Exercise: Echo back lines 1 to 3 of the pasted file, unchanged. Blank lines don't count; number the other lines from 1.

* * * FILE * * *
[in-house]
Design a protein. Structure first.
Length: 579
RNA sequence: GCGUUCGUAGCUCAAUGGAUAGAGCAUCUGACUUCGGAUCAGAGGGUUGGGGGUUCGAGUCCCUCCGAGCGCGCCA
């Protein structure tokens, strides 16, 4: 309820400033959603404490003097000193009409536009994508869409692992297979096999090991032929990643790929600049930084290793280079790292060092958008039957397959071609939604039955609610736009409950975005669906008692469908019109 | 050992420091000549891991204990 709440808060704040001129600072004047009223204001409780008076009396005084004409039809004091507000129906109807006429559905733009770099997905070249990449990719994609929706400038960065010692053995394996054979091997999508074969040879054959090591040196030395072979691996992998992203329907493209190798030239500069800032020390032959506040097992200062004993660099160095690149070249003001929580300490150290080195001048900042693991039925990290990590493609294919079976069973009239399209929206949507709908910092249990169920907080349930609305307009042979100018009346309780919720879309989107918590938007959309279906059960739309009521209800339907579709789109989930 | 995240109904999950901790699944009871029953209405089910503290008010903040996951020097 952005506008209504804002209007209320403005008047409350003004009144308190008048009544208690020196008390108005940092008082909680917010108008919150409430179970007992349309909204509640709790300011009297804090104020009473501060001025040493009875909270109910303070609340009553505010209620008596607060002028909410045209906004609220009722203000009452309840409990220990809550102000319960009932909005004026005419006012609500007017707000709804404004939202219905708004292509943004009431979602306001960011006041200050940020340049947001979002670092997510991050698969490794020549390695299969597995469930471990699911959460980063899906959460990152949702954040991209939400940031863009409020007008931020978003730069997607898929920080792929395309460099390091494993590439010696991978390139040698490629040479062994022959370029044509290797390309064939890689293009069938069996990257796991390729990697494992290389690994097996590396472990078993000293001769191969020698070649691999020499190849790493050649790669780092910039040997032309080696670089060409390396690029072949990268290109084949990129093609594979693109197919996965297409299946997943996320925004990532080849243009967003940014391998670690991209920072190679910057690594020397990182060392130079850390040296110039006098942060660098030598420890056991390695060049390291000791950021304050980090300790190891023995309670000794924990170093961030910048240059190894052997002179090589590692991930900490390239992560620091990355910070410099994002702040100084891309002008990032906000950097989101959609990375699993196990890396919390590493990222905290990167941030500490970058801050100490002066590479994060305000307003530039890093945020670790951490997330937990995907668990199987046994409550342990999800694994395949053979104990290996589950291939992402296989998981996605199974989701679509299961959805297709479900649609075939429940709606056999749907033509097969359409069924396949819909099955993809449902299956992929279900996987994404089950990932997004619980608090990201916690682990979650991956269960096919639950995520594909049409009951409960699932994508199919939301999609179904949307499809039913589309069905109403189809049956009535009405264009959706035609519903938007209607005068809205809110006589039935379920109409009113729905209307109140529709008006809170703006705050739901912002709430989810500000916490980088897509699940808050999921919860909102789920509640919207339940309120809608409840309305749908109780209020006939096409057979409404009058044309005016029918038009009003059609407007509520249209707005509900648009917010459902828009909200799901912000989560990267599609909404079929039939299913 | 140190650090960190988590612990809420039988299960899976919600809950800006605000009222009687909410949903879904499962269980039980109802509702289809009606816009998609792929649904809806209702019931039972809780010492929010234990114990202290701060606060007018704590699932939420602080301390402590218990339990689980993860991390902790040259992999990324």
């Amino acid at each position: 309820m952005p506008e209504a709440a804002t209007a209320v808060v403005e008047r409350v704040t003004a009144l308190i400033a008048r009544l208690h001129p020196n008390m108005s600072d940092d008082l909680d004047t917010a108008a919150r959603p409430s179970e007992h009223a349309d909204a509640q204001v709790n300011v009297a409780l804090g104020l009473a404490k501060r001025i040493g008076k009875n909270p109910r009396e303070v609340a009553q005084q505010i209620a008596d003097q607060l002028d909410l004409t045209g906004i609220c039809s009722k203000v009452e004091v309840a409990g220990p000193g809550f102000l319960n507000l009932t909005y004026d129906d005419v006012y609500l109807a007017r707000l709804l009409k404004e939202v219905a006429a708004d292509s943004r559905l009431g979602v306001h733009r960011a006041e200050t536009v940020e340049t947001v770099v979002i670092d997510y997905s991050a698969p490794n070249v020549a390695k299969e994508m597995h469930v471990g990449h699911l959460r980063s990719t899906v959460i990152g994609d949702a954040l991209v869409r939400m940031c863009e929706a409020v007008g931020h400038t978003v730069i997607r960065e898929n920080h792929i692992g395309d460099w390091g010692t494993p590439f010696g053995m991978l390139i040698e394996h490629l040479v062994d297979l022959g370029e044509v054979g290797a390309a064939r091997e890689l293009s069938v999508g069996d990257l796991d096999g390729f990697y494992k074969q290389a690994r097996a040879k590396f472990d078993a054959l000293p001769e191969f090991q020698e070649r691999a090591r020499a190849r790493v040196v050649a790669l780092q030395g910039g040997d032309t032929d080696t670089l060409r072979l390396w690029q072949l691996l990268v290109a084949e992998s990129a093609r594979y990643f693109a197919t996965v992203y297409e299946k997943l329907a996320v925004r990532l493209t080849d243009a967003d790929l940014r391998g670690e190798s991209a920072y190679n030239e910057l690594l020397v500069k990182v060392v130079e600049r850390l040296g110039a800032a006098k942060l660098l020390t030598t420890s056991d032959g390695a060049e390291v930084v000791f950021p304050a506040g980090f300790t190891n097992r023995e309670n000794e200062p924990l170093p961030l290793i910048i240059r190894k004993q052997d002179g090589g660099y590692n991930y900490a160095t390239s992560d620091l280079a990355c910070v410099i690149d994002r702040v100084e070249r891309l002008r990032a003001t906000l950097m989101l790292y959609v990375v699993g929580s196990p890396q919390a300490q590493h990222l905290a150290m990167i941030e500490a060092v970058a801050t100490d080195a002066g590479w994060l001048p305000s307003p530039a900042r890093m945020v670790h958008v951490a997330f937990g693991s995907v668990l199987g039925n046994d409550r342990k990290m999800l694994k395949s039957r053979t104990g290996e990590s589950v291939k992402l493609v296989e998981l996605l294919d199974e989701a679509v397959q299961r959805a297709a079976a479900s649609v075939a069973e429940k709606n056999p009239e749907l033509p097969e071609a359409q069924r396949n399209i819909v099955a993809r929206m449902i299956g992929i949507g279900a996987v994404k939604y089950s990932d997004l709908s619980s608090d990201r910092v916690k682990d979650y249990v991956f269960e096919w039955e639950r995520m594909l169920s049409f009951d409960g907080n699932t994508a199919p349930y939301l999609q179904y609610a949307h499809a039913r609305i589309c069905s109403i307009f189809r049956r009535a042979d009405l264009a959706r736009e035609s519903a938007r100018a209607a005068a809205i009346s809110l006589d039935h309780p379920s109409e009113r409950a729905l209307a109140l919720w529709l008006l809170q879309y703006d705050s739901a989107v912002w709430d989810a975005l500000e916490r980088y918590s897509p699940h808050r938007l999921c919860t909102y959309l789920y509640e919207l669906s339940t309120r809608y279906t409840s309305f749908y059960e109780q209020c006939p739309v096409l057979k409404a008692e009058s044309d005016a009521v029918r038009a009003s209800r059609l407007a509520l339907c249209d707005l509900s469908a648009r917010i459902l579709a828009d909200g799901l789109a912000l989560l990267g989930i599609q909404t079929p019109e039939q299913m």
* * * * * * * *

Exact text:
[in-house]
Design a protein. Structure first.
Length: 579